So the more functional genes for that 2D6 you have, the lower your drug level and the
less active that drug is going to be in that body and the more drug you need to prescribe
for that person or perhaps just use a different drug. Cytochrome is like a bridge and
imagine you're driving in a car. As long as the bridge is empty, you can drive a car very
quick. Two drugs may compete for that same pathway. So if you have too many cars
trying to cross the bridge, it's going to take a long time getting across that bridge.
One drug may actually inhibit the metabolism of another. So if you have a person who is
driving really slow in a car, then even though there is not too many cars around, that
one person can slow down an entire chain of cars. So that's what an inhibitor does on the
cytochrome system. Now, one drug may induce the metabolism of another. So if you ever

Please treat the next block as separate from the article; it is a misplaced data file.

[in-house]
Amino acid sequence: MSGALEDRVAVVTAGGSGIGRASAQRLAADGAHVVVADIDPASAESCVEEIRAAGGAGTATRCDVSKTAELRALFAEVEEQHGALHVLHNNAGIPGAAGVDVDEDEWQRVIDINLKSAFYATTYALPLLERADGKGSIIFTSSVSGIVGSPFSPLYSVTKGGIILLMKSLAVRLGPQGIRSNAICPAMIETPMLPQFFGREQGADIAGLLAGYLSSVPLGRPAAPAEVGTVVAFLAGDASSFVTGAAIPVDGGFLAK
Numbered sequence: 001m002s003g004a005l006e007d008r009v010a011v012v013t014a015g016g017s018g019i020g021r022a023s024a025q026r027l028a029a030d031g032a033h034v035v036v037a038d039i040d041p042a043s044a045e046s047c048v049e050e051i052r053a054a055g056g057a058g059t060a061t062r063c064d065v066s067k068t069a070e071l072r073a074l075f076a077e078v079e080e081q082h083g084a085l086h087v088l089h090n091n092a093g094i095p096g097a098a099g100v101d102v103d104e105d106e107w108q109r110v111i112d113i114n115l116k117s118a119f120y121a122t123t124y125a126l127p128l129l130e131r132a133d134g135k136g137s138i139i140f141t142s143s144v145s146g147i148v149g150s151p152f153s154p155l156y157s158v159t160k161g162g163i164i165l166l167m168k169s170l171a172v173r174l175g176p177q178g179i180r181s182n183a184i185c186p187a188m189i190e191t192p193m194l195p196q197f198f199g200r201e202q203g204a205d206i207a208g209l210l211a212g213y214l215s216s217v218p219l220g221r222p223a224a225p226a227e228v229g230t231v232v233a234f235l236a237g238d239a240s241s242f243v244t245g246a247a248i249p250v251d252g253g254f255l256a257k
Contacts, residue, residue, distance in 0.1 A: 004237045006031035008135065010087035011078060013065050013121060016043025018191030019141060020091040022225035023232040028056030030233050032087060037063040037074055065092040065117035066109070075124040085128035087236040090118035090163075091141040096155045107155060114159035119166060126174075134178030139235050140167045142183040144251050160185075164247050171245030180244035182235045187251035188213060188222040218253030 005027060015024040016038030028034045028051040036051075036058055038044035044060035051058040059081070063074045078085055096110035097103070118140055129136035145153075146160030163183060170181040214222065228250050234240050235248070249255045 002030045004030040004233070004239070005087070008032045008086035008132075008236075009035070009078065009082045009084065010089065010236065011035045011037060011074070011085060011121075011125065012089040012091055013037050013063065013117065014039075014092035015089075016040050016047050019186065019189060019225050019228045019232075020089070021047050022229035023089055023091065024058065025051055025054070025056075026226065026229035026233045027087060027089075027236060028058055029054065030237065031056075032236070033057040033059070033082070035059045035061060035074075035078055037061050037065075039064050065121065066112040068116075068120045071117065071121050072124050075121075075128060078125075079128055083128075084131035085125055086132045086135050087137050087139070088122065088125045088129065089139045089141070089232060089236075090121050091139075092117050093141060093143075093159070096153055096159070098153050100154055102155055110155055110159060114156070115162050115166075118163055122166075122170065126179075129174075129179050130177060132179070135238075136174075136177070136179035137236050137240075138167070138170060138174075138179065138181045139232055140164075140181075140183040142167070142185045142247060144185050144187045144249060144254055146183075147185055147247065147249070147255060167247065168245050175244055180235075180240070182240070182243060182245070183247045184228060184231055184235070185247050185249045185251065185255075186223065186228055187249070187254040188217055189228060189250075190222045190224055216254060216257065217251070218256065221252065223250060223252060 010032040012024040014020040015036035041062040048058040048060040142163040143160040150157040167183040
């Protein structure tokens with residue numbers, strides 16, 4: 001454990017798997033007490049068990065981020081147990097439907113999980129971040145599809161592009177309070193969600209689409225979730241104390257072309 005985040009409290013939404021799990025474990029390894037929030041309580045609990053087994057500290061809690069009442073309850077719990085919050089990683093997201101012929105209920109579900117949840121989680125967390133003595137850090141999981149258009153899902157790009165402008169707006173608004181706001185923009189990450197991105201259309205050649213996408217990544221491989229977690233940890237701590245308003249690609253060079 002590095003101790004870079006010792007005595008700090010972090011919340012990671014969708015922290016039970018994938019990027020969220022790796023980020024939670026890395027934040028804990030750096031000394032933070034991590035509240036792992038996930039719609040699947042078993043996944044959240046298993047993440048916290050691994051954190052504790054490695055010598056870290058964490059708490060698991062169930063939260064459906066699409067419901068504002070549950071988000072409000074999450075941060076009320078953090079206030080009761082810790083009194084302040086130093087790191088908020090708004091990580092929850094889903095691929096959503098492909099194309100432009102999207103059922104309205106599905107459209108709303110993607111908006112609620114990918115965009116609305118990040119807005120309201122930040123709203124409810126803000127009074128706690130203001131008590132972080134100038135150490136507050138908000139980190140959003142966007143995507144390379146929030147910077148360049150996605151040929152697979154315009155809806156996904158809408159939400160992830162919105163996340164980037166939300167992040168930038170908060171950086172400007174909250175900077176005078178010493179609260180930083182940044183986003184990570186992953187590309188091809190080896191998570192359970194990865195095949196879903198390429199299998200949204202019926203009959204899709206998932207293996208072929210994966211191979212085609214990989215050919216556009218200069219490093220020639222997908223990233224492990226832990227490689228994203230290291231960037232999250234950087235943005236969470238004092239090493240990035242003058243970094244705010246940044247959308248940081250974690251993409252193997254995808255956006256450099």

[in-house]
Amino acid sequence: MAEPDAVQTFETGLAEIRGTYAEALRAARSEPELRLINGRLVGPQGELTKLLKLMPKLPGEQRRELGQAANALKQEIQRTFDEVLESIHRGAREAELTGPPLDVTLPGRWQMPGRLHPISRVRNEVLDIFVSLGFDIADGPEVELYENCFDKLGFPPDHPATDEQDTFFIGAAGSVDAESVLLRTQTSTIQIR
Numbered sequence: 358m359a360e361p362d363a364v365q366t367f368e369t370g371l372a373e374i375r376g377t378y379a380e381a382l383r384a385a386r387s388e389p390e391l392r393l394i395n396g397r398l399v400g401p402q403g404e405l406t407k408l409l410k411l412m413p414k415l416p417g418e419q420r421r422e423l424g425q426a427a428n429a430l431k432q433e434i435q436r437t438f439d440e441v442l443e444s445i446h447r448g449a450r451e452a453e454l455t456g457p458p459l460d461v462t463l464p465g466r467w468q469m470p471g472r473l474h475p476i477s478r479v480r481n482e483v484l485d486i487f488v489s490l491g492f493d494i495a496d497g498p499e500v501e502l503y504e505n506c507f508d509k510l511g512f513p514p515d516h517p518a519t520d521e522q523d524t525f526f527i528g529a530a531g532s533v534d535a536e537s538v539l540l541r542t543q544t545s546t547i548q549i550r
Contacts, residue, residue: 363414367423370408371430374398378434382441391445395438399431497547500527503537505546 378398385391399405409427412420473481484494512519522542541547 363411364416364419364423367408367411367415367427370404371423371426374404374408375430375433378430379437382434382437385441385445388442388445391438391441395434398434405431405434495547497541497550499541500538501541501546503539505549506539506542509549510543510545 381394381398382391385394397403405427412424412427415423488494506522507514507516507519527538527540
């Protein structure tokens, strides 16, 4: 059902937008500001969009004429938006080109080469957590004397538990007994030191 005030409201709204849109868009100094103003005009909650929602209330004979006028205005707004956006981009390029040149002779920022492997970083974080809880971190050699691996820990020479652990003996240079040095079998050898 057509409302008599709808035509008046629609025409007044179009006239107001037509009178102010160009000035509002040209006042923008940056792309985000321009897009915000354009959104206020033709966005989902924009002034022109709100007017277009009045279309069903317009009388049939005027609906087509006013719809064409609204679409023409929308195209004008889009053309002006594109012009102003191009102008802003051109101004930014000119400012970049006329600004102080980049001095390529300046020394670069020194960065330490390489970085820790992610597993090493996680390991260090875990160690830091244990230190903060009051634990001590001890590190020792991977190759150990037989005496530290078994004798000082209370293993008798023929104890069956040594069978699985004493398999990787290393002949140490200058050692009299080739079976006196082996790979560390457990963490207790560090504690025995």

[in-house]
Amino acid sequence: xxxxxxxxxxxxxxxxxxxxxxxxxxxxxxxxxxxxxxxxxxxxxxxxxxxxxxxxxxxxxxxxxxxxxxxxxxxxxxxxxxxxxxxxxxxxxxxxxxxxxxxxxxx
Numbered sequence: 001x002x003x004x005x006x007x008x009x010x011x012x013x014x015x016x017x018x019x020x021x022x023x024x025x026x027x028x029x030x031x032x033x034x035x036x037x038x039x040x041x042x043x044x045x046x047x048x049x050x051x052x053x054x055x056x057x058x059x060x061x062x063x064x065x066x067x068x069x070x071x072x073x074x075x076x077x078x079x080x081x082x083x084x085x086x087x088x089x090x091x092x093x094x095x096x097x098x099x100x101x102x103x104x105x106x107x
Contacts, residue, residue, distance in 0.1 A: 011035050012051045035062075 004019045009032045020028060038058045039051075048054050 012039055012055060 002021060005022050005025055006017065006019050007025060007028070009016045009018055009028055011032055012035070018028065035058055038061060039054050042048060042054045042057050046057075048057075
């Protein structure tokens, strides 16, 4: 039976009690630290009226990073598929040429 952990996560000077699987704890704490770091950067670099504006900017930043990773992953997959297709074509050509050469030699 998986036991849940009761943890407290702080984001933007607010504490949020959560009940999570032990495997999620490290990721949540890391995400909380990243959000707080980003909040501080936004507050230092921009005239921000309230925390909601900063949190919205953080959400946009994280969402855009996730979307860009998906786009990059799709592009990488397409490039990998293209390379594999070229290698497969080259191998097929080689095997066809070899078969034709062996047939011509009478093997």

seen ambulances, you always know that there is at least 1 idiot following the ambulance
at a really high speed. That's like an induction enzyme. You've got 1 drug that makes the
metabolism of another drug very quick. The opposite is true when the active drug is the
metabolite. So I want you to imagine now that instead of having the active drug as the
parent drug, you've got the active drug as the daughter drug. So a good example of that is
codeine. Codeine is converted to an analogue of morphine via the cytochrome system 2D6.
So people who are fast metabolizers will have a much more potent shorter term response.
So, genetic factors that we talked about earlier with our plots are going to affect how
we metabolize drugs and a really good example is that let's take a look at patients who